Many women experience libido problems. They have enjoyed a healthy, satisfying sex life and then suddenly, intimate moments with your partner are not more satisfying than they once were. You might feel as though your sexual desire has decreased. Or you may be realizing that things that once brought you pleasure now seem painful.
You’re not alone. Many women experience sexual difficulties at some point in their lives. By some estimates, as many as four in 10 women experience at least one sexual worry. This is called female sexual dysfunction.
Female sexual dysfunction is when persistent or reoccurring problems come up in one or more of the stages of sexual response. What you’re experiencing isn’t considered female sexual dysfunction unless you’re distressed about it or it depressingly affects your relationship with your partner.
Although sexual problems associated with female sexual dysfunction are multifaceted, they’re treatable. Communicating your concerns and understanding your anatomy and your body’s normal physiological response to sexual intimacy are important steps toward recapturing your sexual pleasure.
Sexual concerns occur in women of all ages but may become more prevalent during hormonally vulnerable times, such as postpartum or with the menopausal transition. Sexual concerns may also occur with major illnesses, such as cancer. Your problems might be classified as female sexual dysfunction if you experience one or more of the following and you experience personal distress because of it:
- The desire to have sex is low
- Reduced desire to have sex is absent.
- Can’t maintain arousal during sexual activity
- Don’t become aroused even though you have a desire to have sex.
- You don’t experience an orgasm.
- Pain during sexual contact.
Several reasons may be part of the cause of sexual dissatisfaction or dysfunction you are experiencing. These factors tend to be interrelated. Women with sexual concerns gain help from a combined treatment approach that addresses medical as well as emotional issues.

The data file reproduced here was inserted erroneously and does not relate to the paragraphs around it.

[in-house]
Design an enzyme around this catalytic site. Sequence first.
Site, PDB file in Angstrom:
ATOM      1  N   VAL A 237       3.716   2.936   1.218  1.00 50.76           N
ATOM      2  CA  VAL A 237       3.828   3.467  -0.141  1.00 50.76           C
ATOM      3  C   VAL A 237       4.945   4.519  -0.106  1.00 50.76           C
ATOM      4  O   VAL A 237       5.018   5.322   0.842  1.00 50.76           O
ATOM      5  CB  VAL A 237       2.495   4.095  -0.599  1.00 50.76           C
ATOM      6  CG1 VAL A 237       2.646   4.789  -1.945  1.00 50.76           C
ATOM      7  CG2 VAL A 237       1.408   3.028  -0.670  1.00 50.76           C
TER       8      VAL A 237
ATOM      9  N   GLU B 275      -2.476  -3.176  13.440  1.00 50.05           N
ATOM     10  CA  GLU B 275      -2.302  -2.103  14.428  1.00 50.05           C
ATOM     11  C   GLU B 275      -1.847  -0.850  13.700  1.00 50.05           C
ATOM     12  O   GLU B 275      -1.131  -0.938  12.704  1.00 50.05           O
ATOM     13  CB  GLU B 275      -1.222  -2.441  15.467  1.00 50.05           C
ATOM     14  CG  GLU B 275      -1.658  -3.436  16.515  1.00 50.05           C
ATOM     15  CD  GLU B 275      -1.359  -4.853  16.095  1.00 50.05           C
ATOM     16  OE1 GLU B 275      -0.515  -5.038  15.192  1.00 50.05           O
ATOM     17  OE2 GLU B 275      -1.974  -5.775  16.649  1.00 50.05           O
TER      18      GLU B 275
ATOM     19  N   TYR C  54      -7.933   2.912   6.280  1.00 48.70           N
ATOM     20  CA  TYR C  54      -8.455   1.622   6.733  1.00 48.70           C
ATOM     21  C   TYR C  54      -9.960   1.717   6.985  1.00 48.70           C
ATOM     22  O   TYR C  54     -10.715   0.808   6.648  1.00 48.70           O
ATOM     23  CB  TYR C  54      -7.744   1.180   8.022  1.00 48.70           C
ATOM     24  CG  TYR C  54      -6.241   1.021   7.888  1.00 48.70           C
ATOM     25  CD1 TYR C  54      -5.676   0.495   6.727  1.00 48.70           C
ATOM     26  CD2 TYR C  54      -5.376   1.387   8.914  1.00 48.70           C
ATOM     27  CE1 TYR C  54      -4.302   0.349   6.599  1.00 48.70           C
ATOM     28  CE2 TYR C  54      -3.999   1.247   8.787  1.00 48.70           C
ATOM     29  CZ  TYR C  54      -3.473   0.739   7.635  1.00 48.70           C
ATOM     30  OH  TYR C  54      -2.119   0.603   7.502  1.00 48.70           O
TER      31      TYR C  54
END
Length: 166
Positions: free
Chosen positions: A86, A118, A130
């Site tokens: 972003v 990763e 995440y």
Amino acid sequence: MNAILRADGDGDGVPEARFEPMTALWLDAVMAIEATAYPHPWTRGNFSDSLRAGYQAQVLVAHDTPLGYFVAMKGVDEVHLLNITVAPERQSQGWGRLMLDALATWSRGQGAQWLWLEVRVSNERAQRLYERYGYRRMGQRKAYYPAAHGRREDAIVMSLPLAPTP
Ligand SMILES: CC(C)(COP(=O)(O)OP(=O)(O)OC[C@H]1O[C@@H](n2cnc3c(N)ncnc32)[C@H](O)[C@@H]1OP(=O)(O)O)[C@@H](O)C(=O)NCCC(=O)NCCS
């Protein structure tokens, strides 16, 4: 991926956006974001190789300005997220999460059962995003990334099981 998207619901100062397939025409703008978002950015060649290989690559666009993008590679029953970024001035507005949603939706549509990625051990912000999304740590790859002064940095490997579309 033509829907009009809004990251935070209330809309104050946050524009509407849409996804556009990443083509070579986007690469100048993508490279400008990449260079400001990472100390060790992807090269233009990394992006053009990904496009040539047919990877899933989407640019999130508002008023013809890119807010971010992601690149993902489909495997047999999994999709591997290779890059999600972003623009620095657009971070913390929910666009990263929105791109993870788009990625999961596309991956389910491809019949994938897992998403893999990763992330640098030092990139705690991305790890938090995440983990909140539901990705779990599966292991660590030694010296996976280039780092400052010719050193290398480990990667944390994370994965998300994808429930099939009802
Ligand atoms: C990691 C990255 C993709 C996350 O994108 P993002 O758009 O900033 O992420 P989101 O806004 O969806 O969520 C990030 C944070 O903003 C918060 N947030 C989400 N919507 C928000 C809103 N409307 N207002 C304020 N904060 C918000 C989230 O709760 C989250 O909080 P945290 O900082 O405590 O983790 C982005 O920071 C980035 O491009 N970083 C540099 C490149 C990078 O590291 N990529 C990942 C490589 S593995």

Physical. Arthritis, urinary or bowel difficulties, pelvic surgery, fatigue, headaches, other pain problems and neurological disorders such as multiple sclerosis can cause sexual dysfunction. Certain medications, including some antidepressants, blood pressure medications, antihistamines, and chemotherapy drugs, can decrease sex drive and your ability to achieve orgasm.
Lower estrogen levels during the menopausal transition may lead to changes in your genital tissues and your sexual responsiveness. The folds of skin that cover your genital region (labia) shrink and become thinner, exposing more of the clitoris. This increased exposure sometimes reduces the sensitivity of the clitoris or may cause an unpleasant tingling or prickling sensation.
Thinning and decreased elasticity of its lining
The vagina becomes narrower, particularly if you’re not sexually active. Also, the natural swelling and lubrication of the vagina occur more slowly during arousal. These factors can lead to uncomfortable or painful intercourse (dyspareunia), and achieving orgasm may take longer.
Changes associated with the declining estrogen levels of menopause may impact sexual function. However, most women continue to have satisfying sexual intimacy during and after the menopausal transition.
Psychological and social
Psychological factors such as untreated anxiety, depression or stress, and a history of sexual abuse can cause this condition. During pregnancy, after childbirth, or while breastfeeding, you may experience a decrease in sexual desire.